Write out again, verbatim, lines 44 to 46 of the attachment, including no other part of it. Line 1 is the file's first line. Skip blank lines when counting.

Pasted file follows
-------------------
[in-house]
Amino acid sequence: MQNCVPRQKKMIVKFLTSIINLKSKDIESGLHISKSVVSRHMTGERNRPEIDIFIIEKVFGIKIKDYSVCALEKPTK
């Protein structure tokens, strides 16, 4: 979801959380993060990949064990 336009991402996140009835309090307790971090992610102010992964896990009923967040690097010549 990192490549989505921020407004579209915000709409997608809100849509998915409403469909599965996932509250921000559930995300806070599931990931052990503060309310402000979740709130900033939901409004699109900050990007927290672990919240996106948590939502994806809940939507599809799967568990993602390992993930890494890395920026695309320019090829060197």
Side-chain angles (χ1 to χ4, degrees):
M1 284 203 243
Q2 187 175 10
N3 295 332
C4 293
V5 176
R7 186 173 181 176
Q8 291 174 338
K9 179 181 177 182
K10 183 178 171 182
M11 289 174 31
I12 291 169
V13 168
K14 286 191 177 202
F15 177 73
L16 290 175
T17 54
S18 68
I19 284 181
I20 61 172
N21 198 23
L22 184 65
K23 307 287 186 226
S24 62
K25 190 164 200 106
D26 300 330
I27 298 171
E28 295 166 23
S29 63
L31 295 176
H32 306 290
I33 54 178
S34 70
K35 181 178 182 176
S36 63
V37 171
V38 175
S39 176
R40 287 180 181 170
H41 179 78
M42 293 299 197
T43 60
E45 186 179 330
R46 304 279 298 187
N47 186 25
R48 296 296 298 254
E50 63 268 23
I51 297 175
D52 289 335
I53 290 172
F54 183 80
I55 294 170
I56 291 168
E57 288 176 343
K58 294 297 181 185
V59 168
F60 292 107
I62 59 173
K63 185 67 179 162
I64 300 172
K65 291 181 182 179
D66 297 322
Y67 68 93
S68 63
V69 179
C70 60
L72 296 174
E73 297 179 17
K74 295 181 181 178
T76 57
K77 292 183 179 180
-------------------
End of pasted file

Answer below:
M42 293 299 197
T43 60
E45 186 179 330